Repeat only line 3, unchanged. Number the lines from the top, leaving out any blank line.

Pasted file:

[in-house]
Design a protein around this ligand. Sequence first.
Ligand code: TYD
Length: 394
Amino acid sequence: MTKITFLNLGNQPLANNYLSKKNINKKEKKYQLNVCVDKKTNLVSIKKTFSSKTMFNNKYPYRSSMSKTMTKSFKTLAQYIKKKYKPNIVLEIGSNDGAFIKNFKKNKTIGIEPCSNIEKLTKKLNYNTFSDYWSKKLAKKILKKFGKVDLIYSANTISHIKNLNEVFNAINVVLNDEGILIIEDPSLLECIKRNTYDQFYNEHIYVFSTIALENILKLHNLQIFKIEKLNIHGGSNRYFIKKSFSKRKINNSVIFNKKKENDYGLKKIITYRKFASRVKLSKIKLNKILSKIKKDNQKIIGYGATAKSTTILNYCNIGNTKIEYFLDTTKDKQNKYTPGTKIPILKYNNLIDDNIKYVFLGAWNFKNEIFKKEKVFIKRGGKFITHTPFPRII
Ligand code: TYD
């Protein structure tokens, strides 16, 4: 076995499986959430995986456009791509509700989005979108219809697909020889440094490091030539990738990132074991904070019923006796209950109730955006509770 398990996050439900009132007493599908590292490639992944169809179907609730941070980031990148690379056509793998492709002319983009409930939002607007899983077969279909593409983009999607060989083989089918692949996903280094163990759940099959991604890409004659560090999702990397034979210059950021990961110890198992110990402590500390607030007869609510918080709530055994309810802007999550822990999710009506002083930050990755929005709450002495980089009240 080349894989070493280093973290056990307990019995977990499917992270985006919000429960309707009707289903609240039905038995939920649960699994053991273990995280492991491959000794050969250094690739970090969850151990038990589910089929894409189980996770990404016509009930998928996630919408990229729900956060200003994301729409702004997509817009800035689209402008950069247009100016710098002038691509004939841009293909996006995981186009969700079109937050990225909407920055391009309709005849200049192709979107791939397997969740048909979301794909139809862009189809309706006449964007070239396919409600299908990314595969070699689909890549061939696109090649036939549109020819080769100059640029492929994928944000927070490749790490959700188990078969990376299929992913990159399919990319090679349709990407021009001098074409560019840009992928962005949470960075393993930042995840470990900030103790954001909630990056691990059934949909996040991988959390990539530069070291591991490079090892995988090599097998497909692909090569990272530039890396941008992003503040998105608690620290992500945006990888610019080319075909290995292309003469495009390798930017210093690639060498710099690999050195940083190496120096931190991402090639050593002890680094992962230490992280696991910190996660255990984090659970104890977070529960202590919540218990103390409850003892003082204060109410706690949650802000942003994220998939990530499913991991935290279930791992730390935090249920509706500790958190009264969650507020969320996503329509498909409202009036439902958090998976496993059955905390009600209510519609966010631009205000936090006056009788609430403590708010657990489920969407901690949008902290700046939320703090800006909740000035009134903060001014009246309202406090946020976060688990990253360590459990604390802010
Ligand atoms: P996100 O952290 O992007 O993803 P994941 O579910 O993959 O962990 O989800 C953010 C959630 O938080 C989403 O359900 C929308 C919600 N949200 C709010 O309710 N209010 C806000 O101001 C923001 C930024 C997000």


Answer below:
Ligand code: TYD